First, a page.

Mechanical Force Induces Phosphorylation-Mediated Signaling that Underlies Tissue Response and Robustness in Xenopus Embryos.

TitleMechanical Force Induces Phosphorylation-Mediated Signaling that Underlies Tissue Response and Robustness in Xenopus Embryos.
Publication TypeJournal Article
Year of Publication2019
AuthorsHashimoto, Y, Kinoshita, N, Greco, TM, Federspiel, JD, Beltran, PMJean, Ueno, N, Cristea, IM
JournalCell Syst
Volume8
Issue3
Pagination226-241.e7
Date Published2019 Mar 27
ISSN2405-4720
Abstract

Mechanical forces are essential drivers of numerous biological processes, notably during development. Although it is well recognized that cells sense and adapt to mechanical forces, the signal transduction pathways that underlie mechanosensing have remained elusive. Here, we investigate the impact of mechanical centrifugation force on phosphorylation-mediated signaling in Xenopus embryos. By monitoring temporal phosphoproteome and proteome alterations in response to force, we discover and validate elevated phosphorylation on focal adhesion and tight junction components, leading to several mechanistic insights into mechanosensing and tissue restoration. First, we determine changes in kinase activity profiles during mechanoresponse, identifying the activation of basophilic kinases. Pathway interrogation using kinase inhibitor treatment uncovers a crosstalk between the focal adhesion kinase (FAK) and protein kinase C (PKC) in mechanoresponse. Second, we find LIM domain 7 protein (Lmo7) as upregulated upon centrifugation, contributing to mechanoresponse. Third, we discover that mechanical compression force induces a mesenchymal-to-epithelial transition (MET)-like phenotype.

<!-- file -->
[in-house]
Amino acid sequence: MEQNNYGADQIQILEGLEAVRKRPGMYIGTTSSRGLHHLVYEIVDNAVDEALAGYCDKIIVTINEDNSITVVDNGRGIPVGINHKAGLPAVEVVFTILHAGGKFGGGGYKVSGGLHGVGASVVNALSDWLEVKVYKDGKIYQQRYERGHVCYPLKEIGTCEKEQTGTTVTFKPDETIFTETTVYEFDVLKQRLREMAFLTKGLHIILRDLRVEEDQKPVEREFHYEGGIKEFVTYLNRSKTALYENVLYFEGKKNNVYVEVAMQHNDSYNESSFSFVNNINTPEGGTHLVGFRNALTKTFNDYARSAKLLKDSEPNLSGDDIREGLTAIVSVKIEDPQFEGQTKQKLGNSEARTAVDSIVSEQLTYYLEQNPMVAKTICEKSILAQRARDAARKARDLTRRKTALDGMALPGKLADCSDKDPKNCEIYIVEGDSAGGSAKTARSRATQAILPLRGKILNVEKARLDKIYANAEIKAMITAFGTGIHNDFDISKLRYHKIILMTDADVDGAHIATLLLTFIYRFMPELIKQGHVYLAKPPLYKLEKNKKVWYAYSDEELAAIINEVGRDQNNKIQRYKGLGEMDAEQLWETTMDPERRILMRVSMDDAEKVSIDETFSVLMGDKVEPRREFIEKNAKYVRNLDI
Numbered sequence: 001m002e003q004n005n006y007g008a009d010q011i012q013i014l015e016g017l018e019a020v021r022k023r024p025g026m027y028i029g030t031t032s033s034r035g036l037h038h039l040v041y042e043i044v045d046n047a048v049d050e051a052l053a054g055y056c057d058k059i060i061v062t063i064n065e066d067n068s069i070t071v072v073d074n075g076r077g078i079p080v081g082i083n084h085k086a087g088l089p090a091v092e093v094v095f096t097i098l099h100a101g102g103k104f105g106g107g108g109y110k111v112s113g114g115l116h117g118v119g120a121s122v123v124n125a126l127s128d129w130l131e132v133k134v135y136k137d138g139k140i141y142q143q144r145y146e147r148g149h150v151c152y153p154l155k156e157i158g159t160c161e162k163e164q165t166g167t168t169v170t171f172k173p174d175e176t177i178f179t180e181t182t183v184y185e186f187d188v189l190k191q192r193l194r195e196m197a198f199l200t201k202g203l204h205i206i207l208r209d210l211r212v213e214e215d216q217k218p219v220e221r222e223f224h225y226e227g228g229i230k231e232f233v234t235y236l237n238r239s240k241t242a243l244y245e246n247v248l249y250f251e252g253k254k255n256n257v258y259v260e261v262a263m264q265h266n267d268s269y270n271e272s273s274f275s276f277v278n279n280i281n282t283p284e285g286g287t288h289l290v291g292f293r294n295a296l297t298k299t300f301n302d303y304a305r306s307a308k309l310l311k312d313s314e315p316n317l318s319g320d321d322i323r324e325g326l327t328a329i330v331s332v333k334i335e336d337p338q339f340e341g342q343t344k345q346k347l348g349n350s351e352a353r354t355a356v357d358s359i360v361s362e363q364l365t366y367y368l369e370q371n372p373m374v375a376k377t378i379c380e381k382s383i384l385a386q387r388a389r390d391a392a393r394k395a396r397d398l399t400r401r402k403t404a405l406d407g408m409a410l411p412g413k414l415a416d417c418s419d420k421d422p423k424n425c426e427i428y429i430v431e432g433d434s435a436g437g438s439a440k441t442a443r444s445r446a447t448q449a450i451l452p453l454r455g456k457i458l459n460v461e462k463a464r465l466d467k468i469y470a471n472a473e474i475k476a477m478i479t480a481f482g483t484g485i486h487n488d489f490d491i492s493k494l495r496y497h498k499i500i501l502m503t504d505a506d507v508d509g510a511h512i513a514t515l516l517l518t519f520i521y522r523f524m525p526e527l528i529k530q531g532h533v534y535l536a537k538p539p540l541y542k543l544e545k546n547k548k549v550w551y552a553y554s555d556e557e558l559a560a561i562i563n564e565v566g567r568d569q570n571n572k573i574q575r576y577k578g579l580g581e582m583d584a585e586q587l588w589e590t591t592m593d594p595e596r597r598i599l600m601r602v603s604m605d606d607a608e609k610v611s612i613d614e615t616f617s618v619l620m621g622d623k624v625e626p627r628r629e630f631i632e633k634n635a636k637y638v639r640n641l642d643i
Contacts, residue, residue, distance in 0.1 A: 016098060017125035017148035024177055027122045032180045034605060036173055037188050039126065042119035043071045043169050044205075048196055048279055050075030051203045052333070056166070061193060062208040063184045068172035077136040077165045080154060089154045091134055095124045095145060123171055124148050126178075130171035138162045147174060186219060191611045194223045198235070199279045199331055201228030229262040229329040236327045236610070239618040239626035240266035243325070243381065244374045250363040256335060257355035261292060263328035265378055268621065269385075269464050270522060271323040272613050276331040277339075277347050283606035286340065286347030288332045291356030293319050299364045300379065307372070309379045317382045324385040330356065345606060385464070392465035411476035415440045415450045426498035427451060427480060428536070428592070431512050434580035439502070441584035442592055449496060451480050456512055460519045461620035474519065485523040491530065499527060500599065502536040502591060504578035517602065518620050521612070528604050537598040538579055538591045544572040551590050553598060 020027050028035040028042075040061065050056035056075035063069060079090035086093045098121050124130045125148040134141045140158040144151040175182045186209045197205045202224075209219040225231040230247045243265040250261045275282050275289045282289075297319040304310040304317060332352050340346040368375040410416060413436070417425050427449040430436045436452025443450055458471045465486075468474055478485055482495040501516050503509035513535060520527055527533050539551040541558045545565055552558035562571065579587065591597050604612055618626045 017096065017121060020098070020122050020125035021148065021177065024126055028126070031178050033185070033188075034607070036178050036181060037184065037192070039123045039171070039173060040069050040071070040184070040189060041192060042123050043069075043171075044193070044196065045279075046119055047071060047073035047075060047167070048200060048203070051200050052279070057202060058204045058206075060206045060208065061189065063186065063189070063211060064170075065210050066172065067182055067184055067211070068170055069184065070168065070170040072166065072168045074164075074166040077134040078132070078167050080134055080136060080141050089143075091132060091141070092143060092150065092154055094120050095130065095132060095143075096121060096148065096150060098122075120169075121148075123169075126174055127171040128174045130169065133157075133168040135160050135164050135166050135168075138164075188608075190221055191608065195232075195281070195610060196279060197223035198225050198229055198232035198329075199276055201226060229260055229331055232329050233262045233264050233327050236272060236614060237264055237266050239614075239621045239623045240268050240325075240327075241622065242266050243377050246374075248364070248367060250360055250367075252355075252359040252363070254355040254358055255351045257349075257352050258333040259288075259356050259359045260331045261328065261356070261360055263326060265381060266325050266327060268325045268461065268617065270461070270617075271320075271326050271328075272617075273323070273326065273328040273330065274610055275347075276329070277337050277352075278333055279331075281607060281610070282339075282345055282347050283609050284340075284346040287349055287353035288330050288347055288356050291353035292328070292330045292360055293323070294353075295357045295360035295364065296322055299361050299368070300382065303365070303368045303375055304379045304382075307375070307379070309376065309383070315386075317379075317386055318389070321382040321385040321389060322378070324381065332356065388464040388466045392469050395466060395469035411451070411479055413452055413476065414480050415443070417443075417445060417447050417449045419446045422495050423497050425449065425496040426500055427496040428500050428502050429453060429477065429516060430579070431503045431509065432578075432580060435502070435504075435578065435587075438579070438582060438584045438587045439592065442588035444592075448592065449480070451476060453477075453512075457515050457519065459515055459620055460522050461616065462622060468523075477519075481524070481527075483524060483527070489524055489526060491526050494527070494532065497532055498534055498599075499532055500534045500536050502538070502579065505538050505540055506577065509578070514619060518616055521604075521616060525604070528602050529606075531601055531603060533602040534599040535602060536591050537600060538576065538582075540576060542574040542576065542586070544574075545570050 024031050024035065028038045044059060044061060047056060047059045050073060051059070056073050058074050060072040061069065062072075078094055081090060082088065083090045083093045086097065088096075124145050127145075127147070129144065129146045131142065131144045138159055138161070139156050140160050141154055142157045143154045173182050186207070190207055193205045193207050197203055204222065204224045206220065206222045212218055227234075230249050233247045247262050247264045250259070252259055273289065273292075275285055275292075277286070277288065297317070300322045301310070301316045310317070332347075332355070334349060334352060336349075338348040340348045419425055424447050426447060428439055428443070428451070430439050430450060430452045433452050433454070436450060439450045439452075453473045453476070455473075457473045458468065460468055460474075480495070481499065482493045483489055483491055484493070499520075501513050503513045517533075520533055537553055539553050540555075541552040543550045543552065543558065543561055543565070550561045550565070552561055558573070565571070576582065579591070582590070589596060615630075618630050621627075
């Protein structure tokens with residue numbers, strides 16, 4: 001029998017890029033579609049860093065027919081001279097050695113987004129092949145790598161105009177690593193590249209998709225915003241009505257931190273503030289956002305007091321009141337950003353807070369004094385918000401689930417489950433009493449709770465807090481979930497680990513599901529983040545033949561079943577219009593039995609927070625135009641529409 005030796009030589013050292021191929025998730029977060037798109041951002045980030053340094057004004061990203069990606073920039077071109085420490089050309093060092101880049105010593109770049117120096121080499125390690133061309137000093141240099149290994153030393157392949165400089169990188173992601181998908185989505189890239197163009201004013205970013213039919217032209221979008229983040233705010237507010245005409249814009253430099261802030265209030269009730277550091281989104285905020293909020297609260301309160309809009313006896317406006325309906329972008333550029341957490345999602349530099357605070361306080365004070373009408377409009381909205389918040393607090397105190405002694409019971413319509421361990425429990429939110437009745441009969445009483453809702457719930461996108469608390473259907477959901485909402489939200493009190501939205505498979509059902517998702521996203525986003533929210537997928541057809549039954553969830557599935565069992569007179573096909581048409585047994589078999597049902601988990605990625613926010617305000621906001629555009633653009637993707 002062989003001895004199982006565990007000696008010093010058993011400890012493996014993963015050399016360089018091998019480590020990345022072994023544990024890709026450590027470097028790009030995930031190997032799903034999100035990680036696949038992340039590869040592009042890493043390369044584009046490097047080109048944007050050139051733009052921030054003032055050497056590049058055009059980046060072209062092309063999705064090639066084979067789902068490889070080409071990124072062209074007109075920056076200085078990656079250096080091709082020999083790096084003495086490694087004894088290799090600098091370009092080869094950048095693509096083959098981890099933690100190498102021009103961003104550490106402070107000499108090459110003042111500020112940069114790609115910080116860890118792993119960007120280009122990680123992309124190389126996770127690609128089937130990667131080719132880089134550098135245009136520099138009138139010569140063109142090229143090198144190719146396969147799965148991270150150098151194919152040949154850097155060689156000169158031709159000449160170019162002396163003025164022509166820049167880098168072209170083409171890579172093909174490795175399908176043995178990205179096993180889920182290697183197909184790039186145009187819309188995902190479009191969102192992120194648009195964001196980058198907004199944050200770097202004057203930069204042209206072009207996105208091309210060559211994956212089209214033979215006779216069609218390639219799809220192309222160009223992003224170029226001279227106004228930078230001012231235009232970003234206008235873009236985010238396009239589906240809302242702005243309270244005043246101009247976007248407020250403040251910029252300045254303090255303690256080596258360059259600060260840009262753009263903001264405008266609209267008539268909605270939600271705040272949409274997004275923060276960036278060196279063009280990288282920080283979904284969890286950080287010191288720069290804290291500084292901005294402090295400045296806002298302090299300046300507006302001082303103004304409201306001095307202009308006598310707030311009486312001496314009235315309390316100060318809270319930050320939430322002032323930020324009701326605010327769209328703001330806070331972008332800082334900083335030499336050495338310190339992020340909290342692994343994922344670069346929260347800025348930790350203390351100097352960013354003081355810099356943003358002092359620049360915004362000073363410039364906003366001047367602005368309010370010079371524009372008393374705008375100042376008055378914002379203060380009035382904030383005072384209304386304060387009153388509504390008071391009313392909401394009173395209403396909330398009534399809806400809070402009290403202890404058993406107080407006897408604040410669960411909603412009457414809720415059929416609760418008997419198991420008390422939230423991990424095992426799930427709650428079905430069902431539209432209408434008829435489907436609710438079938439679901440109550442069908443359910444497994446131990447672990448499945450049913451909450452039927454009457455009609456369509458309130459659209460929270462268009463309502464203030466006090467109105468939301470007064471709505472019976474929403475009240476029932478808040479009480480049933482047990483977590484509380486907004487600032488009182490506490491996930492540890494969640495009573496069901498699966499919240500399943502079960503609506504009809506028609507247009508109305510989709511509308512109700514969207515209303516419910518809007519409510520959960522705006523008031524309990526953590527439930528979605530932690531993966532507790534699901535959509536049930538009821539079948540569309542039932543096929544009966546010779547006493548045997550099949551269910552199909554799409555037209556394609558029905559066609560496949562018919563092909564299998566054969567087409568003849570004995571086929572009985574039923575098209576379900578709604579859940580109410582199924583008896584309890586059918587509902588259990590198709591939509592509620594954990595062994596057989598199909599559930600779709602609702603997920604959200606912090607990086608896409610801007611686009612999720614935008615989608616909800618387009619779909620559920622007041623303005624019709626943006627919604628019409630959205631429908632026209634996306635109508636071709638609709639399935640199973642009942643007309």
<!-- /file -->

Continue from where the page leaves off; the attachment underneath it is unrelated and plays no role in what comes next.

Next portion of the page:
DOI10.1016/j.cels.2019.01.006
Alternate JournalCell Syst
PubMed ID30852251
PubMed Central IDPMC6453581
Grant ListR01 HL135007 / HL / NHLBI NIH HHS / United States